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A Singing Army

A Singing Army
Zilphia Horton and the Highlander Folk School

The first biography of activist and musician Zilphia Horton, a woman who inspired thousands of working people and left a legacy that changed the world.

Series: Louann Atkins Temple Women and Culture Endowment

March 2021
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$29.95
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320 pages | 5.5 x 8.5 |
ISBN: 
978-1-4773-1825-6
Description: 

Zilphia Horton was a pioneer of cultural organizing, an activist and musician who taught people how to use the arts as a tool for social change, and a catalyst for anthems of empowerment such as “We Shall Overcome” and “We Shall Not Be Moved.” Her contributions to the Highlander Folk School, a pivotal center of the labor and civil rights movements in the mid-twentieth century, and her work creating the songbook of the labor movement influenced countless figures, from Woody Guthrie to Eleanor Roosevelt to Rosa Parks. Despite her outsized impact, Horton’s story is little known. A Singing Army introduces this overlooked figure to the world.

Drawing on extensive archival and oral history research, as well as numerous interviews with Horton's family and friends, Kim Ruehl chronicles her life from her childhood in Arkansas coal country, through her formative travels and friendship with radical Presbyterian minister Claude C. Williams, and into her instrumental work in desegregation and fostering the music of the civil rights era. Revealing these experiences—as well as her unconventional marriage and controversial death by poisoning—A Singing Army tells the story of an all-but-forgotten woman who inspired thousands of working-class people to stand up and sing for freedom and equality.

Contents: 
  • Introduction
  • 1. A Long Line of Strong Women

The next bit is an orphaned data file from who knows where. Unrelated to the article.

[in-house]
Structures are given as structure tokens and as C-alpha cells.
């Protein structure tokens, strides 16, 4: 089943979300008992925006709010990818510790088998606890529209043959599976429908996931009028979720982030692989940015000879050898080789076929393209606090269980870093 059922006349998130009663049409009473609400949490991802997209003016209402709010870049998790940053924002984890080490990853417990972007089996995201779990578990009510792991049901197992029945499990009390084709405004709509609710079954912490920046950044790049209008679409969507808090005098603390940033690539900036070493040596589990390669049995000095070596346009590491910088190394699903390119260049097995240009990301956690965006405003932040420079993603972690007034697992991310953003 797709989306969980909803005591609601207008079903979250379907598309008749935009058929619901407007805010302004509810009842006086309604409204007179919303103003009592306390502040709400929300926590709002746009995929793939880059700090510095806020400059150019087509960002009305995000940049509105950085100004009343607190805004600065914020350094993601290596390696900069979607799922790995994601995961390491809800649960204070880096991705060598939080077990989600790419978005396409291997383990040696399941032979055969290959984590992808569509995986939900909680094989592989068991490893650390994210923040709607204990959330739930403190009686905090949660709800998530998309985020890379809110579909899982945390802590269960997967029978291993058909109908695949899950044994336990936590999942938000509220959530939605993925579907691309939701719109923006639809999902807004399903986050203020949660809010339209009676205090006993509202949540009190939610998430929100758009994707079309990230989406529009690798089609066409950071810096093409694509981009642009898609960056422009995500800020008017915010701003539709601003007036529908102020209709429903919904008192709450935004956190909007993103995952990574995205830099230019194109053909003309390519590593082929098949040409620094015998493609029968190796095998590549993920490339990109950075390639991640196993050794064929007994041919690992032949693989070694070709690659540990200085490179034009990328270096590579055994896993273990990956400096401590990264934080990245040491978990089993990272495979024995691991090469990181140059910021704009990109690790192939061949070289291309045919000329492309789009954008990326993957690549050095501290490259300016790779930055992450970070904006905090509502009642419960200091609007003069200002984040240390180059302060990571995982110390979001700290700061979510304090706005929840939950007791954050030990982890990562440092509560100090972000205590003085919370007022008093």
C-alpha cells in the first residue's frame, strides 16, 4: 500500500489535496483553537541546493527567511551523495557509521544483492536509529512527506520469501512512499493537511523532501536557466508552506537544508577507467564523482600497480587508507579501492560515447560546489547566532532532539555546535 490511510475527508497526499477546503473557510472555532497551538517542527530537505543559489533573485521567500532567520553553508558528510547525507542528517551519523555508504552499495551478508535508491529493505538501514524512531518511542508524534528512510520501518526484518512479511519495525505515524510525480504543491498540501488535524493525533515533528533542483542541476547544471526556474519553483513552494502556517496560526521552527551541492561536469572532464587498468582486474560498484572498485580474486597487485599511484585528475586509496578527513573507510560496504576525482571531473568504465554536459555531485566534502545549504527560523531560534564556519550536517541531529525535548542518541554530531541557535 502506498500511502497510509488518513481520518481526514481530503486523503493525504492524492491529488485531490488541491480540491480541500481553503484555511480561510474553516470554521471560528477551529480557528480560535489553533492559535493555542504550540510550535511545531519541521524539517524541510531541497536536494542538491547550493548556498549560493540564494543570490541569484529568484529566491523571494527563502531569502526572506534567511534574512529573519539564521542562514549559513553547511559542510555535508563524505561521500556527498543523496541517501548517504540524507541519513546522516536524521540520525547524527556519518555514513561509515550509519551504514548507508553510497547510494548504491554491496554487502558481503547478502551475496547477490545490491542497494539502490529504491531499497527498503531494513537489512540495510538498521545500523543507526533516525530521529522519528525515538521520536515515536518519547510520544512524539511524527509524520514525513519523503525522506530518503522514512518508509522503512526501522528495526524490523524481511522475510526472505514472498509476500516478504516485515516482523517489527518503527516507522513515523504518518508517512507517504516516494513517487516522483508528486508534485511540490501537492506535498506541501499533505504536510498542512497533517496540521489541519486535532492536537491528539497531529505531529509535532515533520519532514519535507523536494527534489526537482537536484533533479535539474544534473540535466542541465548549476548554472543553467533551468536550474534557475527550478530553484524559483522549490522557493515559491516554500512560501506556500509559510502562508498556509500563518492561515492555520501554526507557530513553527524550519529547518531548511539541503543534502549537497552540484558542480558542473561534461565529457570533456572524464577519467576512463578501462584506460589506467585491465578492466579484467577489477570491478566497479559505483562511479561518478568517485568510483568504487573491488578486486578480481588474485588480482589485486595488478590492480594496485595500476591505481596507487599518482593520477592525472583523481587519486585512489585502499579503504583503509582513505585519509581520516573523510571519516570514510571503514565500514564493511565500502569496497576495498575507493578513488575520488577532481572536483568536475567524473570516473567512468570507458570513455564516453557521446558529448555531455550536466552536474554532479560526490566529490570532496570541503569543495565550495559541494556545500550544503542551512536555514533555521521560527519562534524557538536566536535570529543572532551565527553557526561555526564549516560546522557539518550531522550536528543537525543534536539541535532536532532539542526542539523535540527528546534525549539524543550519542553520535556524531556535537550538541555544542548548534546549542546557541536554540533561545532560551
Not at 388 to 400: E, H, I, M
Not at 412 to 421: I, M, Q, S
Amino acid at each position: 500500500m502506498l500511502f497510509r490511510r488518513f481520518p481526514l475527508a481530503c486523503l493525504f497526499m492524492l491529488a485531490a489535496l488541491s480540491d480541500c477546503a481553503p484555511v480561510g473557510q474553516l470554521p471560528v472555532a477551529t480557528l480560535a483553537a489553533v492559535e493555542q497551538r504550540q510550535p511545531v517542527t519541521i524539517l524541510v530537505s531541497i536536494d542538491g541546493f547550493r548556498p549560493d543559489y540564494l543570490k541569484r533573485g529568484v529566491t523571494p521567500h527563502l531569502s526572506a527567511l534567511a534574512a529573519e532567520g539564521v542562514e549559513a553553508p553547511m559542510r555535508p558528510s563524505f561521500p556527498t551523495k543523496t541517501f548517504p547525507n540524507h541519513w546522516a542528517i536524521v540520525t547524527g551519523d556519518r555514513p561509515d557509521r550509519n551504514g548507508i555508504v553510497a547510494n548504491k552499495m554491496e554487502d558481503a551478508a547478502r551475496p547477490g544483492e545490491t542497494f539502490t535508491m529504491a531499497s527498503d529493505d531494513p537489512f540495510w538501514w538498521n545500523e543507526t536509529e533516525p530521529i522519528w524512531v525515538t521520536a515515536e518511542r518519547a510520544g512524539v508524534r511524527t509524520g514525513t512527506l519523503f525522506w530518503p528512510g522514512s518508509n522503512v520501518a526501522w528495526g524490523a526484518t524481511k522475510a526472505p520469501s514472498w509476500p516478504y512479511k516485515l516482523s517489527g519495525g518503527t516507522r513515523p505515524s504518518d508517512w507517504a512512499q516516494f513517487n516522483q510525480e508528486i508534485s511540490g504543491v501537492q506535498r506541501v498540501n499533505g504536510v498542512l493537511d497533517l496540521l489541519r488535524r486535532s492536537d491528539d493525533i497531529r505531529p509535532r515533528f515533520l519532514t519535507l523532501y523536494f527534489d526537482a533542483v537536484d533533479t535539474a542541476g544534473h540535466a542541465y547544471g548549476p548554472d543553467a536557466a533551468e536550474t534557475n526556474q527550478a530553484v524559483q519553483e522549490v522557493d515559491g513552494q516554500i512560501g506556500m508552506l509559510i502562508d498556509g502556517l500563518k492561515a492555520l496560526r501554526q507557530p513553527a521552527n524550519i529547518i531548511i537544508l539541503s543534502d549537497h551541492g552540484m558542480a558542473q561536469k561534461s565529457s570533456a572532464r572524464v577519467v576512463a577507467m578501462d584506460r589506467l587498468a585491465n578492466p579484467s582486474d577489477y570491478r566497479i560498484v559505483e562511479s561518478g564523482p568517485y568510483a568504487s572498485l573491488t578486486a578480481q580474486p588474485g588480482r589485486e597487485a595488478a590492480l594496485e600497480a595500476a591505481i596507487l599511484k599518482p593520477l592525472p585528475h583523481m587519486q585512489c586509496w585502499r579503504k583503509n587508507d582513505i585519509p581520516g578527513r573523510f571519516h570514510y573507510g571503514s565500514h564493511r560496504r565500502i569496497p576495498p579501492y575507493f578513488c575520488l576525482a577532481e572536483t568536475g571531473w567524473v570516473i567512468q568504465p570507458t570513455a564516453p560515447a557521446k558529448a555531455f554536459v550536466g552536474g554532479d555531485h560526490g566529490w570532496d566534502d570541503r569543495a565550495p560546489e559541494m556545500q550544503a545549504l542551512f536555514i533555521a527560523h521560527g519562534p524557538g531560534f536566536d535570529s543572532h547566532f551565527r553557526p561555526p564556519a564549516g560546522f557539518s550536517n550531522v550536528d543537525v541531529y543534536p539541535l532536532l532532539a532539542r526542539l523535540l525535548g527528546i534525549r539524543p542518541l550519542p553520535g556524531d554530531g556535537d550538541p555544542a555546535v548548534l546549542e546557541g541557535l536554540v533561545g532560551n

• 2. Growth and Exploration
  • 3. A Rift
  • 4. Everything New
  • 5. New in Town
  • 6. Class and Privilege
  • 7. New York City
  • 8. Digging Roots
  • 9. Conflict and War
  • 10. No More Mourning
  • 11. We Will Overcome
  • 12. Getting Out of Town
  • 13. Changing Direction
  • 14. Trauma
  • 15. Lunging Toward Civil Rights
  • 16. Chicago
  • 17. Contempt and Johns Island
  • 18. Sustainability
  • 19. Rosa Parks and the End of the Line
  • 20. A Sudden, Shocking Accident
  • Epilogue
  • Acknowledgments
  • Notes
  • Books Cited
  • Index
Author: 

Kim Ruehl is a former editor in chief of roots music magazine No Depression. Her work has been published by Billboard, NPR Music, Columbia Journalism Review, CNN, and others.

Reviews: 

“[A] vibrant new biography...A Singing Army vividly recreates the social and cultural history into which Zilphia Horton lived, and it brings to light her enduring achievements, her passionate vision for the arts and music and the ways they shape the human heart and effect social change, and her exceptional contribution to folk music and folk music scholarship.”
No Depression

“Throughout A Singing Armyy, Ruehl reasserts Horton’s belief that “'he arts are not dressing,' but rather an important aspect of political organization that allows people from different backgrounds to understand one another’s struggles and find common ground. Ruehl’s invocation of Horton’s beliefs plays like the catchy refrain to one of Horton’s labor songs, emphasizing the importance of her ideals and showing readers another way to organize and connect with others...Through her subject’s incredible life and through her straightforward, observational style, Ruehl illuminates a story bound to inspire 21st-century artists and activists.”